Des Moines History Buffs! Such a deal we have for you! Have you seen mention of a wiki on our web site? The link: Local History Wiki . Go ahead, click on it! Here are some treasures:
An index to our set of biographical newspaper clippings. Look up a person, find out which volume has their clippings, stop in at the Central Library and the folks at the Reference Desk willl help you find the volume. Okay, lots of steps, but trust me this is fabulous information you won't find anywhere else. The index is not quite done, but there are many entries already.
Baseball fan? We have a pretty darn complete list of Des Moines baseball teams and that list usually includes the coach's name and the season's record. Did you know there was a year in which the Des Moines team had three names? Neither did I.

We're just getting started, keep checking back. Local History Rules!

Wednesday, March 19, 2008

Never got into Space

Arthur C. Clarke, the mind behind 2001 a Space Odyssey, died yesterday March 18th from post-polio, at the impressive age of 90. His novel Childhood's End has been on required reading lists for years. Clarke is also credited with being the first to imagine the design and use of satellites orbiting the earth, connecting all parts of the world. Then there's "Clarke's Third Law". To wit: "Any sufficiently advanced technology is indistinguishable from magic". Gotta love that. We who read your books in adolescence and were stunned, salute you.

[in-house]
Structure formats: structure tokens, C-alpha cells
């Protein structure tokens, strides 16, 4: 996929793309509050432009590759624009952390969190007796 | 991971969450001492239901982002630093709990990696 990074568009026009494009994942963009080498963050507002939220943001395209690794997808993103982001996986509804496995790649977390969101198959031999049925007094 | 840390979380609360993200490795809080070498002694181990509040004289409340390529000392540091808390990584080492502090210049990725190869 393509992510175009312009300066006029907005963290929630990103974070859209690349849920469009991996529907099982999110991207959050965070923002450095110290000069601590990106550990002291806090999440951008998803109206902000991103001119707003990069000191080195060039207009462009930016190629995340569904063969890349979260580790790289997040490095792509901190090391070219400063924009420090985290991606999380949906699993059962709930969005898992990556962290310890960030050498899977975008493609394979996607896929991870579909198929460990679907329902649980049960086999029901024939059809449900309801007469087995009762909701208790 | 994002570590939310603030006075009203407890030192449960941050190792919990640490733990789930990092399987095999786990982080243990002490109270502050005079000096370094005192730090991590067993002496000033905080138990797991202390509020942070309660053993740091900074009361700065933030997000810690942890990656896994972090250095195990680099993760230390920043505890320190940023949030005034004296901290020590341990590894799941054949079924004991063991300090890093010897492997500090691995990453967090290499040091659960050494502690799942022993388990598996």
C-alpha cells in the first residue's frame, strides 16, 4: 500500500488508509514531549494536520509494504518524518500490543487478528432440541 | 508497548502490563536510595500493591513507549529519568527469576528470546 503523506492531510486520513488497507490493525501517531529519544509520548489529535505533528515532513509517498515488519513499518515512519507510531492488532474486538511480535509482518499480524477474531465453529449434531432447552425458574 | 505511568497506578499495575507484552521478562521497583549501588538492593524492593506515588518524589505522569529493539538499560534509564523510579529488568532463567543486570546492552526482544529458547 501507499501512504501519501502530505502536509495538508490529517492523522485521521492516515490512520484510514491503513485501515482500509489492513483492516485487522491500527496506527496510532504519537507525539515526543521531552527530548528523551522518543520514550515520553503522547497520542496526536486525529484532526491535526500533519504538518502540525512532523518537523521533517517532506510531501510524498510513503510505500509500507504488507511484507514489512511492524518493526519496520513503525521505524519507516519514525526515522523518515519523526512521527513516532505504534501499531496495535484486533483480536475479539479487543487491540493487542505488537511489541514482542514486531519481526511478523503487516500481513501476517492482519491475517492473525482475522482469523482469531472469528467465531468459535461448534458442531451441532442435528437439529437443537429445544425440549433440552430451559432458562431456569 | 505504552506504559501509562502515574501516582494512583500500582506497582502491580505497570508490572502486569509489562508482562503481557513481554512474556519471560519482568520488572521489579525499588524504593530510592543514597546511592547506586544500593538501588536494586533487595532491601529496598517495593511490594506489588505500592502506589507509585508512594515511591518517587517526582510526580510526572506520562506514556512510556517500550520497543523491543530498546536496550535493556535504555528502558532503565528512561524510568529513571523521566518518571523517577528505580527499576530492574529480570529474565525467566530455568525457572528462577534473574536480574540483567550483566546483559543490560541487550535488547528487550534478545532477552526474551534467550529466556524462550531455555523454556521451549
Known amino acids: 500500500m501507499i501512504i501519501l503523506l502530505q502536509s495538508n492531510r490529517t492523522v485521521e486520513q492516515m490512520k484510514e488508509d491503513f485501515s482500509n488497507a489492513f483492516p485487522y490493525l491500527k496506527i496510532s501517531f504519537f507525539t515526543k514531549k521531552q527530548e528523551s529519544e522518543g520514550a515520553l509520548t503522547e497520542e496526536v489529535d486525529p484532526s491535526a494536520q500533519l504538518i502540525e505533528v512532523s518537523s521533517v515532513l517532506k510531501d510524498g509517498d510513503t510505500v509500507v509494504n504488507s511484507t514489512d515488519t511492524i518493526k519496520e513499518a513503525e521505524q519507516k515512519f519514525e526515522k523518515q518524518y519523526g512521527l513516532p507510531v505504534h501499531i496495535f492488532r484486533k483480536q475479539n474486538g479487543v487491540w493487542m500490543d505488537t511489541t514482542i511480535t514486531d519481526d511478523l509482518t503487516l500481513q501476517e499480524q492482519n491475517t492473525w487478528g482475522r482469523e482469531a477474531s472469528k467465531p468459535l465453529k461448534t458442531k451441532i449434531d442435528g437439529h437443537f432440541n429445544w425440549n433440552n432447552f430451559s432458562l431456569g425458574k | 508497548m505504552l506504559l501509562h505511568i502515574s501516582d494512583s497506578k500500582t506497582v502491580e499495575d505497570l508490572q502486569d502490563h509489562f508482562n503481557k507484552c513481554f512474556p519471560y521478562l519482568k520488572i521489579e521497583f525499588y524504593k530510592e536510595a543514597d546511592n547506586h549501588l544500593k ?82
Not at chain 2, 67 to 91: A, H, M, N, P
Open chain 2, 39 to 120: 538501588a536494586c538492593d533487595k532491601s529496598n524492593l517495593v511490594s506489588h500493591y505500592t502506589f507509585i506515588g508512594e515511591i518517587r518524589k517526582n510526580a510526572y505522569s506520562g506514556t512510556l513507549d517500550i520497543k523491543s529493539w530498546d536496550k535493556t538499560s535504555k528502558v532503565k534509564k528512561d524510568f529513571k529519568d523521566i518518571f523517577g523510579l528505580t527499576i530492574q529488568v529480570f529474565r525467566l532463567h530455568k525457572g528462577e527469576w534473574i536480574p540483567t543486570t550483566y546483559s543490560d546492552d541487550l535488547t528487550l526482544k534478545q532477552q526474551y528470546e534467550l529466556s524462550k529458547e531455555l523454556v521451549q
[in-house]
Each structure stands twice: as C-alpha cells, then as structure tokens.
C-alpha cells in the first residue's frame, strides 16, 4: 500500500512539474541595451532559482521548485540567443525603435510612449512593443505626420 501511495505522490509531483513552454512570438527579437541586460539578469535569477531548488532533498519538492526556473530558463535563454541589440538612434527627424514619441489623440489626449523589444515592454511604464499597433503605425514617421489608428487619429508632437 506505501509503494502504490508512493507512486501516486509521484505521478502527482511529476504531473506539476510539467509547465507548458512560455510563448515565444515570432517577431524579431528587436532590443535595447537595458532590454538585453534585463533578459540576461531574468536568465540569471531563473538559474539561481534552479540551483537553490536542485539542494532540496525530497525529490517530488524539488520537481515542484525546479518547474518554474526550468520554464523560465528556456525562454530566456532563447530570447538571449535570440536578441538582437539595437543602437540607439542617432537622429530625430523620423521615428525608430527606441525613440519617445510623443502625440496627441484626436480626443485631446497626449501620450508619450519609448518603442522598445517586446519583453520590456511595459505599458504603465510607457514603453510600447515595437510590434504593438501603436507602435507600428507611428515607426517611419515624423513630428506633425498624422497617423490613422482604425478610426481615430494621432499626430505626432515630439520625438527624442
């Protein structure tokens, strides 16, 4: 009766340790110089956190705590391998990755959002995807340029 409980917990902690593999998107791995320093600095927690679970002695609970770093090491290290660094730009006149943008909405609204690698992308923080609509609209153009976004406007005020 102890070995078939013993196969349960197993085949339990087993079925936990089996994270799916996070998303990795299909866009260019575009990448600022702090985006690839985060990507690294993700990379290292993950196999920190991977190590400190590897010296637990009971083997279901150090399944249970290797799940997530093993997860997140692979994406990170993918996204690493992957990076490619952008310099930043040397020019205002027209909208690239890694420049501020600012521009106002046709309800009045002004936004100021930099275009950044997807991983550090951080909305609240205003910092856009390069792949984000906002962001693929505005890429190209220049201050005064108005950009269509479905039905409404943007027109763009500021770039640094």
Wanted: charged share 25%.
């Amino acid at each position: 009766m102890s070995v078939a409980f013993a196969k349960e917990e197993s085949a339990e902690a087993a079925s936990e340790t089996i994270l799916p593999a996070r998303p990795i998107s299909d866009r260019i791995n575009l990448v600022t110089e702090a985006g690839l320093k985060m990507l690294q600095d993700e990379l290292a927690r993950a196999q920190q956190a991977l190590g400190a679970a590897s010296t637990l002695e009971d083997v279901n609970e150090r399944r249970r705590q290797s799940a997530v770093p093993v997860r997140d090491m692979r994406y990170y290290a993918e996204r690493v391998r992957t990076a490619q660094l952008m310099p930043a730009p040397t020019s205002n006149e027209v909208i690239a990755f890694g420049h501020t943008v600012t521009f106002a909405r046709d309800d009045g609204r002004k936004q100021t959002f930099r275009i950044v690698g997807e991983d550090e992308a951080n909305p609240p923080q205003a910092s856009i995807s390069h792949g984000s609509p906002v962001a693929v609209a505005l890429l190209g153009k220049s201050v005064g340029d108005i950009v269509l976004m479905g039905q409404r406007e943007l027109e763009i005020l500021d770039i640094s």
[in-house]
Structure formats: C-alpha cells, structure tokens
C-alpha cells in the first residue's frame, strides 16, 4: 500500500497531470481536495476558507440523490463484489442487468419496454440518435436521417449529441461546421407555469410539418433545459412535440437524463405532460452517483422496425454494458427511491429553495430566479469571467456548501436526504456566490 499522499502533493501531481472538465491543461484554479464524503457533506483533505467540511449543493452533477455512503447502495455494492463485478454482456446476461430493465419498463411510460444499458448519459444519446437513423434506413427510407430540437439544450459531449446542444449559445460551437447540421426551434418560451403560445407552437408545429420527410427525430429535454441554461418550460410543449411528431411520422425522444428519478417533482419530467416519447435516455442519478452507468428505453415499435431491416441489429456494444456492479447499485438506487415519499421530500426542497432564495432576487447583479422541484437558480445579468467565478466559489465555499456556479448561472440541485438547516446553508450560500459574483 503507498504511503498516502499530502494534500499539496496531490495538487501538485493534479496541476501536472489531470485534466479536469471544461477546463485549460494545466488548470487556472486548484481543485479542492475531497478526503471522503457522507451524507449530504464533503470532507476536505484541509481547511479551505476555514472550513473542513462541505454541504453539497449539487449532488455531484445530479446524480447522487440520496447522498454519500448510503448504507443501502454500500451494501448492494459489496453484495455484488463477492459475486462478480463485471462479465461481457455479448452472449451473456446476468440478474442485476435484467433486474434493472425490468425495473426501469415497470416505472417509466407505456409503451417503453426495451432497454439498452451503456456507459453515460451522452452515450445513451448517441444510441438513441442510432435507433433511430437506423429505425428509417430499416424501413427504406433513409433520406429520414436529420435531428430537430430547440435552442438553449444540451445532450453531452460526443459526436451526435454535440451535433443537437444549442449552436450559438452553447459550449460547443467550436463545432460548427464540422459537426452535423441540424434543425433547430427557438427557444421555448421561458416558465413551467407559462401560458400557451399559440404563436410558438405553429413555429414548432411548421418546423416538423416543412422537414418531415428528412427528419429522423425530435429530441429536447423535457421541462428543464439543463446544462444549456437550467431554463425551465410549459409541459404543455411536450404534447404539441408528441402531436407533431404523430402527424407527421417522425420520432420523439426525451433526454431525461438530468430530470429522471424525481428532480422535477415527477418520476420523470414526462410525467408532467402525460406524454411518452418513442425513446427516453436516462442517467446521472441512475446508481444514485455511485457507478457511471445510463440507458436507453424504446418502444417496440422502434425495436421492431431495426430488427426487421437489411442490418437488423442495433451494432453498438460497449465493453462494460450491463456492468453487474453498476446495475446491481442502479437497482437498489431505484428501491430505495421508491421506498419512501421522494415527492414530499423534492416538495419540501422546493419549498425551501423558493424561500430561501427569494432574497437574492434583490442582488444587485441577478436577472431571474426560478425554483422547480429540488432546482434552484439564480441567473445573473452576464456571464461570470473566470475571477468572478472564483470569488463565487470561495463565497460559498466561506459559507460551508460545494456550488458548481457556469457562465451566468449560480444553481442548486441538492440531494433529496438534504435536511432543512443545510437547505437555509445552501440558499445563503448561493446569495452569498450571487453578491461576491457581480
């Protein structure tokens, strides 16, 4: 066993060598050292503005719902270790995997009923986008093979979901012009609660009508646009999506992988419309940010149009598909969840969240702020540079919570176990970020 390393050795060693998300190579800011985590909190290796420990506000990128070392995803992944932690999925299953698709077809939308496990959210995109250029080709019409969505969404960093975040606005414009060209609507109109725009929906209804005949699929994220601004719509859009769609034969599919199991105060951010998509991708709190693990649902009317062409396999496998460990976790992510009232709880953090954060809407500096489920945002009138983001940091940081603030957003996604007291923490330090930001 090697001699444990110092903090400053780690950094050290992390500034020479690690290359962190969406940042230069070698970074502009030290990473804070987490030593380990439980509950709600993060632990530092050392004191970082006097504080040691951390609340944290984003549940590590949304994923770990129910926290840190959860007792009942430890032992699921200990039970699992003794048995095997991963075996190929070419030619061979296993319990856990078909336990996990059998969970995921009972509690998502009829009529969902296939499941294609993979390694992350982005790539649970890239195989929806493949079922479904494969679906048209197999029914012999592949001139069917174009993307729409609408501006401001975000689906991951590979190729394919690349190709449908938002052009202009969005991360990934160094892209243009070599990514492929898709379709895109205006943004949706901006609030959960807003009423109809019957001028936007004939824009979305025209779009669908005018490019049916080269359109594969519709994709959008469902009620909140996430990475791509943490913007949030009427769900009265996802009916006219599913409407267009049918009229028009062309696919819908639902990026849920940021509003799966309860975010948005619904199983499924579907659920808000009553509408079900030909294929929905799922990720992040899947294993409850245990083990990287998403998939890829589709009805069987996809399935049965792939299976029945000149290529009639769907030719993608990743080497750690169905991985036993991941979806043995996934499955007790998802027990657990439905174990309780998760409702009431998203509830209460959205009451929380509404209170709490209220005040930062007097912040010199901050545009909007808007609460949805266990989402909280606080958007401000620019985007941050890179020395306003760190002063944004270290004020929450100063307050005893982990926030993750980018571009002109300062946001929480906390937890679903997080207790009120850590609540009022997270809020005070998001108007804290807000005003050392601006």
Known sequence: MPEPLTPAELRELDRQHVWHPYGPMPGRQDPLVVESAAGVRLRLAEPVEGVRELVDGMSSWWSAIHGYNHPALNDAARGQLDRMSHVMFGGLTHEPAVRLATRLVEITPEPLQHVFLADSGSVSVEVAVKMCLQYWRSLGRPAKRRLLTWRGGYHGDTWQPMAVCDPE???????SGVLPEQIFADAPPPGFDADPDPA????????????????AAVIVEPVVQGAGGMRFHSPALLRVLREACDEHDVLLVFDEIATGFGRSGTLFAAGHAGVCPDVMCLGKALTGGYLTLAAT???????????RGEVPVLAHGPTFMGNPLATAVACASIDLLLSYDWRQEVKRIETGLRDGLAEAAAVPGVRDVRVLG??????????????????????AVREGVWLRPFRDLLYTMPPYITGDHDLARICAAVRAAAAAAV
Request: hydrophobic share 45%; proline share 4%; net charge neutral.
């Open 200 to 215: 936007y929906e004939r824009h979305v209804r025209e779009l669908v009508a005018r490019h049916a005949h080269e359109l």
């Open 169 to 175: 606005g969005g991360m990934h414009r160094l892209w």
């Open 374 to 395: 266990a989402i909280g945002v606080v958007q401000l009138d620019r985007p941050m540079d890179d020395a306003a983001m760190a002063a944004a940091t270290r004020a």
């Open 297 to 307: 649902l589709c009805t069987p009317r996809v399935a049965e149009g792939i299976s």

Source: New York Times Online, March 19, 2008

Tuesday, March 18, 2008

Anthony Minghella

Anthony Minghella died today at age 54 of post-operative complications. A multitalented figure in the film world, he wrote, directed and produced. Of his work, these movies were based on books: The Talented Mr. Ripley; Cold Mountain; and The English Patient for which he won an Academy Award for directing. So if you have alot of time, as his movies tend to be very long, check one of these out.

Source:New York Times Online 3/18/08

Monday, March 17, 2008


You'd think this would mean a stone that's really not. "Sham rock" Hilarious. But it's actually a legume, from Family Leguminosae. So it's a sibling of peas, beans, lentils, clover, and alfalfa. OK, we could have guessed the clover. But probably not the peas. Plants we Iowans know and love and have seen filling entire fields. Not to mention all the commercials we have enjoyed over the years that describe in great detail products that DESTROY anything that threatens these crops. So shamrocks should feel at home and safe here! Happy St. Patrick's!

Hutchinson Unabridged Encyclopedia

Saturday, March 15, 2008